I am enrolled in Operational Research program. Also interested in Algorithms, I wish to know whether P vs NP is a common point in both of the fields, so that the effort put in understanding this problem forwards me in both directions.
Yes, it comes up in OR (typically in references to problems being NP-complete or NP-hard). It is worth understanding, particularly in terms of understanding the limitations of what P versus NP versus not even NP (cannot be checked in polynomial time) means. The distinction is an asymptotic one (in terms of problem size).
Too many papers use "it's NP-hard" as a convenient excuse to whip out a metaheuristic ... regardless of what the actual solution time for an exact algorithm would be. For instance, it's convenient (and technically correct) to say that a traveling salesperson problem is NP-hard, but the Concorde solver has solved problems with close to 86,000 nodes. I've seen "it's NP-hard" used over and over as an excuse to apply a heuristic or metaheuristic to much smaller instances. So recognizing that "NP-hard" is not automatically a death sentence for exact methods is important in OR.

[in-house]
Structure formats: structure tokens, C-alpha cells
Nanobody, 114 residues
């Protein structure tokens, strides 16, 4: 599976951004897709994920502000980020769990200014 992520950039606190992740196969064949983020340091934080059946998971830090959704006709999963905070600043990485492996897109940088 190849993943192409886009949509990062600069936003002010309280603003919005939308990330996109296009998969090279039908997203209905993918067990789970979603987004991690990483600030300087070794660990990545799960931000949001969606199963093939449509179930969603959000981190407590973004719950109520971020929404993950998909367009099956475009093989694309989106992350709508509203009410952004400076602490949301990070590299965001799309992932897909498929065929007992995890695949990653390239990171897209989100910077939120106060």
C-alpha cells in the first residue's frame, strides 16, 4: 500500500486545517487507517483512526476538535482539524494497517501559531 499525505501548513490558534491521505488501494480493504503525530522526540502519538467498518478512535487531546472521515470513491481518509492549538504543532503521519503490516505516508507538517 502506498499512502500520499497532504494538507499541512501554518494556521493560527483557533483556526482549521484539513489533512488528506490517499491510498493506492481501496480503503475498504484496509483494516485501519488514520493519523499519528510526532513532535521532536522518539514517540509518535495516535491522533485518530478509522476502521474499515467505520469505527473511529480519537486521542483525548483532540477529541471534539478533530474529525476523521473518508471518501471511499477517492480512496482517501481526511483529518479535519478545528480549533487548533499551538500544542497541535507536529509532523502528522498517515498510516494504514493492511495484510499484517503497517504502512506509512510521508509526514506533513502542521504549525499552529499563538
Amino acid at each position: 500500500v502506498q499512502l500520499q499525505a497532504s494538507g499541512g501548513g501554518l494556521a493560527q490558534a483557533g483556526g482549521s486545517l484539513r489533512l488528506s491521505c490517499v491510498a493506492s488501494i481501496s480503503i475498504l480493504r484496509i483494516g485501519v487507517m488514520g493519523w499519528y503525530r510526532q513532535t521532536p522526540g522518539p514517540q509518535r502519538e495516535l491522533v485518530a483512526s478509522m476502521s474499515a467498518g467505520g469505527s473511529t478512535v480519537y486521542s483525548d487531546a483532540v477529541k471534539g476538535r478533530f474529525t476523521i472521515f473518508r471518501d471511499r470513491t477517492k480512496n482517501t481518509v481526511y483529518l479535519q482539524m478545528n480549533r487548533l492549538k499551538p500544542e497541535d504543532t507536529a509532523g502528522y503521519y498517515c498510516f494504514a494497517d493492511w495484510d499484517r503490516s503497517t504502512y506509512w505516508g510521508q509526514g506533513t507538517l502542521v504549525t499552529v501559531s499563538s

No, the "P vs. NP" conjecture belongs to the Theory of Complexity.
Operational Research indeed consumes a lot of algorithms, some of which are in P, some not, but the key point is decision making, not discussing the relations between complexity classes. OR can be seen as an applied branch of Algorithmics.